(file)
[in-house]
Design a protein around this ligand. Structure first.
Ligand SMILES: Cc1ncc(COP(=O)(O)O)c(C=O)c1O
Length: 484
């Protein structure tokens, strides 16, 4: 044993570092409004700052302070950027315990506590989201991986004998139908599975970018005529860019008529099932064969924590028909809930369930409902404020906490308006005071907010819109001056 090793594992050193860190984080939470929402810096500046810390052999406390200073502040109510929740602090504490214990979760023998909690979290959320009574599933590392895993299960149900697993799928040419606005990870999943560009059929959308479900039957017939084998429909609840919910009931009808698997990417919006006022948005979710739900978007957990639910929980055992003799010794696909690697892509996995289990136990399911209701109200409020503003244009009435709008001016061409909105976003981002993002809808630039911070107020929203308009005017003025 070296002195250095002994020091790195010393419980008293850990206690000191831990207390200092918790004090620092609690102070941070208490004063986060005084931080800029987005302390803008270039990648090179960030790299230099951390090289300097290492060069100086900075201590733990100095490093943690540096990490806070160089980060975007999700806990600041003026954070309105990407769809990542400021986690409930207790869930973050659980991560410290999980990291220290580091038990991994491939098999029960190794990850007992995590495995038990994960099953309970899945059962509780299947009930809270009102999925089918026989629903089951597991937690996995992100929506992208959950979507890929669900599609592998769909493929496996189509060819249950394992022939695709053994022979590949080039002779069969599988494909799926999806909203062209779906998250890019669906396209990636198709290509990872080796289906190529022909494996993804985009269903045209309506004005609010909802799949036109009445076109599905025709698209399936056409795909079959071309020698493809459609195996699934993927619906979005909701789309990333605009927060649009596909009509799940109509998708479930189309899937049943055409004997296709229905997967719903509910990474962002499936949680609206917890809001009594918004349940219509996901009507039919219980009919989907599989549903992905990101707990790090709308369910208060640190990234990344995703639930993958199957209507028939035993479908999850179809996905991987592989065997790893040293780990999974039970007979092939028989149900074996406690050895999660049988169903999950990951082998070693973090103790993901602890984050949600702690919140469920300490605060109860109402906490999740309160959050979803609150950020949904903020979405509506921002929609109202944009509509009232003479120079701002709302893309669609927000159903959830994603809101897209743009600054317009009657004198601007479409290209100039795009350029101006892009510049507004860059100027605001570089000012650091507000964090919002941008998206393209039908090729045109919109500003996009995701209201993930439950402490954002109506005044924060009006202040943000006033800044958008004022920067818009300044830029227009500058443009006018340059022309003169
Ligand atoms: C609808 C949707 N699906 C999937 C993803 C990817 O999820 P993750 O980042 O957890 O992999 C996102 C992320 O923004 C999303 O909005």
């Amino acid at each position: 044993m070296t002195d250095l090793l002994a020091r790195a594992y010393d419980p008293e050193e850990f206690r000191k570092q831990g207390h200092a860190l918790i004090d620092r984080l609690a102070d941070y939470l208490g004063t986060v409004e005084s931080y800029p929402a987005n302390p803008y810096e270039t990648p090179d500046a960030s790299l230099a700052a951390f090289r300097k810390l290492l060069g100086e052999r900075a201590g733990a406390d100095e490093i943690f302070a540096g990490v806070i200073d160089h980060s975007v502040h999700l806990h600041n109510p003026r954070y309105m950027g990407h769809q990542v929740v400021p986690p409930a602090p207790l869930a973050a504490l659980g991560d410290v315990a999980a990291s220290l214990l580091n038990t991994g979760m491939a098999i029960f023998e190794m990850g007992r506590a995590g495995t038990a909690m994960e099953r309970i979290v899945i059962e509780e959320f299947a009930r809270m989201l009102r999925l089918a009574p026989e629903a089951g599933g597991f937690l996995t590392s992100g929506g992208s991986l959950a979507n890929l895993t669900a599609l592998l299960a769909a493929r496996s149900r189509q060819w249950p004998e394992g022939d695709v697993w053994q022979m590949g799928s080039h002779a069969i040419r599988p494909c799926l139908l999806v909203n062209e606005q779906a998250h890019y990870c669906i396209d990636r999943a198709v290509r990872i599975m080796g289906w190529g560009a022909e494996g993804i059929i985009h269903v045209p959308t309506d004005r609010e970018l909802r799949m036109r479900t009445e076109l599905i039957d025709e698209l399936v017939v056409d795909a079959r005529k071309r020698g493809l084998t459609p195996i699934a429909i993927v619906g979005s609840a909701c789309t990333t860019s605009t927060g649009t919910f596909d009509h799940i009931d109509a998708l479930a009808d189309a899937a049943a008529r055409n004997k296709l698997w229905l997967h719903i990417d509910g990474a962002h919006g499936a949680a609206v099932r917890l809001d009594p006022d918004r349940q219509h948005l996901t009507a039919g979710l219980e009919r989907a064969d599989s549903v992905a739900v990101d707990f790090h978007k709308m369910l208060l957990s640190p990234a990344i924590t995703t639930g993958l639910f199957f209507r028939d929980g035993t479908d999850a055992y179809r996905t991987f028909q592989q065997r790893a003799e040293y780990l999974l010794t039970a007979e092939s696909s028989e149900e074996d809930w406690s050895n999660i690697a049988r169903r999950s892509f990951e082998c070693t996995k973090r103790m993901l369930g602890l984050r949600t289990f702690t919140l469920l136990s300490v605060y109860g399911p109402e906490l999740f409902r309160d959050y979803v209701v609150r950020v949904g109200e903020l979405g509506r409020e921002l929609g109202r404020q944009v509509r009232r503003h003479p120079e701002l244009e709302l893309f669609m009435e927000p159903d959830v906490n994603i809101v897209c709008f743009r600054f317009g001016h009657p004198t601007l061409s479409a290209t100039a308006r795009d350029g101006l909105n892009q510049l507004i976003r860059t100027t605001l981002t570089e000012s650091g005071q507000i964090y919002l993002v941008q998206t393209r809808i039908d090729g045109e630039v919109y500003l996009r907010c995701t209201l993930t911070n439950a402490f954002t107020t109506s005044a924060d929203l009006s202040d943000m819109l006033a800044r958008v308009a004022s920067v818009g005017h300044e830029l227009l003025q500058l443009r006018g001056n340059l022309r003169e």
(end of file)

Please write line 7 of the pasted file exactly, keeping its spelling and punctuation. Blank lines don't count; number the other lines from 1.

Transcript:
């Amino acid at each position: 044993m070296t002195d250095l090793l002994a020091r790195a594992y010393d419980p008293e050193e850990f206690r000191k570092q831990g207390h200092a860190l918790i004090d620092r984080l609690a102070d941070y939470l208490g004063t986060v409004e005084s931080y800029p929402a987005n302390p803008y810096e270039t990648p090179d500046a960030s790299l230099a700052a951390f090289r300097k810390l290492l060069g100086e052999r900075a201590g733990a406390d100095e490093i943690f302070a540096g990490v806070i200073d160089h980060s975007v502040h999700l806990h600041n109510p003026r954070y309105m950027g990407h769809q990542v929740v400021p986690p409930a602090p207790l869930a973050a504490l659980g991560d410290v315990a999980a990291s220290l214990l580091n038990t991994g979760m491939a098999i029960f023998e190794m990850g007992r506590a995590g495995t038990a909690m994960e099953r309970i979290v899945i059962e509780e959320f299947a009930r809270m989201l009102r999925l089918a009574p026989e629903a089951g599933g597991f937690l996995t590392s992100g929506g992208s991986l959950a979507n890929l895993t669900a599609l592998l299960a769909a493929r496996s149900r189509q060819w249950p004998e394992g022939d695709v697993w053994q022979m590949g799928s080039h002779a069969i040419r599988p494909c799926l139908l999806v909203n062209e606005q779906a998250h890019y990870c669906i396209d990636r999943a198709v290509r990872i599975m080796g289906w190529g560009a022909e494996g993804i059929i985009h269903v045209p959308t309506d004005r609010e970018l909802r799949m036109r479900t009445e076109l599905i039957d025709e698209l399936v017939v056409d795909a079959r005529k071309r020698g493809l084998t459609p195996i699934a429909i993927v619906g979005s609840a909701c789309t990333t860019s605009t927060g649009t919910f596909d009509h799940i009931d109509a998708l479930a009808d189309a899937a049943a008529r055409n004997k296709l698997w229905l997967h719903i990417d509910g990474a962002h919006g499936a949680a609206v099932r917890l809001d009594p006022d918004r349940q219509h948005l996901t009507a039919g979710l219980e009919r989907a064969d599989s549903v992905a739900v990101d707990f790090h978007k709308m369910l208060l957990s640190p990234a990344i924590t995703t639930g993958l639910f199957f209507r028939d929980g035993t479908d999850a055992y179809r996905t991987f028909q592989q065997r790893a003799e040293y780990l999974l010794t039970a007979e092939s696909s028989e149900e074996d809930w406690s050895n999660i690697a049988r169903r999950s892509f990951e082998c070693t996995k973090r103790m993901l369930g602890l984050r949600t289990f702690t919140l469920l136990s300490v605060y109860g399911p109402e906490l999740f409902r309160d959050y979803v209701v609150r950020v949904g109200e903020l979405g509506r409020e921002l929609g109202r404020q944009v509509r009232r503003h003479p120079e701002l244009e709302l893309f669609m009435e927000p159903d959830v906490n994603i809101v897209c709008f743009r600054f317009g001016h009657p004198t601007l061409s479409a290209t100039a308006r795009d350029g101006l909105n892009q510049l507004i976003r860059t100027t605001l981002t570089e000012s650091g005071q507000i964090y919002l993002v941008q998206t393209r809808i039908d090729g045109e630039v919109y500003l996009r907010c995701t209201l993930t911070n439950a402490f954002t107020t109506s005044a924060d929203l009006s202040d943000m819109l006033a800044r958008v308009a004022s920067v818009g005017h300044e830029l227009l003025q500058l443009r006018g001056n340059l022309r003169e």